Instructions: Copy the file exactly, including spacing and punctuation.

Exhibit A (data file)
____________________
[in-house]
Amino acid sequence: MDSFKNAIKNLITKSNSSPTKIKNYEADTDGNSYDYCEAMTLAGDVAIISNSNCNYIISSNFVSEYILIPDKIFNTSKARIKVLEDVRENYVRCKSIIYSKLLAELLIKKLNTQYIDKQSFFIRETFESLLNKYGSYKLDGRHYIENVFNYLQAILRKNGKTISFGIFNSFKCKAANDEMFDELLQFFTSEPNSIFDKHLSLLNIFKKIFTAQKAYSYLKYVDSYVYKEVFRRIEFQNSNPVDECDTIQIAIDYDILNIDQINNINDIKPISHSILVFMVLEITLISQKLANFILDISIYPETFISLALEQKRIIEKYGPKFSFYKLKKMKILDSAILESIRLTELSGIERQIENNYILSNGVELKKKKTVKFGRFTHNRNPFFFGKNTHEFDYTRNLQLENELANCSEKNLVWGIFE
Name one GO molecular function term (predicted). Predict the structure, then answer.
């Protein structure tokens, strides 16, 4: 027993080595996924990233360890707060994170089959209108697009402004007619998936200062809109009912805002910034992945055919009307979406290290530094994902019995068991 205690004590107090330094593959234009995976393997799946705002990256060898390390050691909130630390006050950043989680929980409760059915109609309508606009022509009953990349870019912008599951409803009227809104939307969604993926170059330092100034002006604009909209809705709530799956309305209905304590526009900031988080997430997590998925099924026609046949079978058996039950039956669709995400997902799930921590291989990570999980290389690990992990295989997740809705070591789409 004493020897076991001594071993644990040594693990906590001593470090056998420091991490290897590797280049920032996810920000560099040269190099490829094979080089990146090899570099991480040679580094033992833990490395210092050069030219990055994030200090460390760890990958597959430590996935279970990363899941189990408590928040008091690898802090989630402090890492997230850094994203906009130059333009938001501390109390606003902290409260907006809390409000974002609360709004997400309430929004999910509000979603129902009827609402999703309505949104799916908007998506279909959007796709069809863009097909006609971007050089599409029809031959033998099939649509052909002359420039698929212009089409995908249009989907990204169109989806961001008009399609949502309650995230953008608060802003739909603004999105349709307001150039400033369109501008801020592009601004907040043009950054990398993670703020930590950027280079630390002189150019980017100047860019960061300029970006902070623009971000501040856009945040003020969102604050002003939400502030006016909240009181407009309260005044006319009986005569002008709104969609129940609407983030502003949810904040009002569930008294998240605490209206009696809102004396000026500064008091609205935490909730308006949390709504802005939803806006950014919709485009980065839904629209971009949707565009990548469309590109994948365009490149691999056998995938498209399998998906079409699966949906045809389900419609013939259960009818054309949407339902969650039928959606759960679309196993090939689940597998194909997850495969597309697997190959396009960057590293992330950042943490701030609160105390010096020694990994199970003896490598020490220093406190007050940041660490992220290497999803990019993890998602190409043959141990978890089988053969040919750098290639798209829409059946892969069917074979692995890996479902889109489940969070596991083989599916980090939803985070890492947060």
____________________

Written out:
[in-house]
Amino acid sequence: MDSFKNAIKNLITKSNSSPTKIKNYEADTDGNSYDYCEAMTLAGDVAIISNSNCNYIISSNFVSEYILIPDKIFNTSKARIKVLEDVRENYVRCKSIIYSKLLAELLIKKLNTQYIDKQSFFIRETFESLLNKYGSYKLDGRHYIENVFNYLQAILRKNGKTISFGIFNSFKCKAANDEMFDELLQFFTSEPNSIFDKHLSLLNIFKKIFTAQKAYSYLKYVDSYVYKEVFRRIEFQNSNPVDECDTIQIAIDYDILNIDQINNINDIKPISHSILVFMVLEITLISQKLANFILDISIYPETFISLALEQKRIIEKYGPKFSFYKLKKMKILDSAILESIRLTELSGIERQIENNYILSNGVELKKKKTVKFGRFTHNRNPFFFGKNTHEFDYTRNLQLENELANCSEKNLVWGIFE
Name one GO molecular function term (predicted). Predict the structure, then answer.
């Protein structure tokens, strides 16, 4: 027993080595996924990233360890707060994170089959209108697009402004007619998936200062809109009912805002910034992945055919009307979406290290530094994902019995068991 205690004590107090330094593959234009995976393997799946705002990256060898390390050691909130630390006050950043989680929980409760059915109609309508606009022509009953990349870019912008599951409803009227809104939307969604993926170059330092100034002006604009909209809705709530799956309305209905304590526009900031988080997430997590998925099924026609046949079978058996039950039956669709995400997902799930921590291989990570999980290389690990992990295989997740809705070591789409 004493020897076991001594071993644990040594693990906590001593470090056998420091991490290897590797280049920032996810920000560099040269190099490829094979080089990146090899570099991480040679580094033992833990490395210092050069030219990055994030200090460390760890990958597959430590996935279970990363899941189990408590928040008091690898802090989630402090890492997230850094994203906009130059333009938001501390109390606003902290409260907006809390409000974002609360709004997400309430929004999910509000979603129902009827609402999703309505949104799916908007998506279909959007796709069809863009097909006609971007050089599409029809031959033998099939649509052909002359420039698929212009089409995908249009989907990204169109989806961001008009399609949502309650995230953008608060802003739909603004999105349709307001150039400033369109501008801020592009601004907040043009950054990398993670703020930590950027280079630390002189150019980017100047860019960061300029970006902070623009971000501040856009945040003020969102604050002003939400502030006016909240009181407009309260005044006319009986005569002008709104969609129940609407983030502003949810904040009002569930008294998240605490209206009696809102004396000026500064008091609205935490909730308006949390709504802005939803806006950014919709485009980065839904629209971009949707565009990548469309590109994948365009490149691999056998995938498209399998998906079409699966949906045809389900419609013939259960009818054309949407339902969650039928959606759960679309196993090939689940597998194909997850495969597309697997190959396009960057590293992330950042943490701030609160105390010096020694990994199970003896490598020490220093406190007050940041660490992220290497999803990019993890998602190409043959141990978890089988053969040919750098290639798209829409059946892969069917074979692995890996479902889109489940969070596991083989599916980090939803985070890492947060």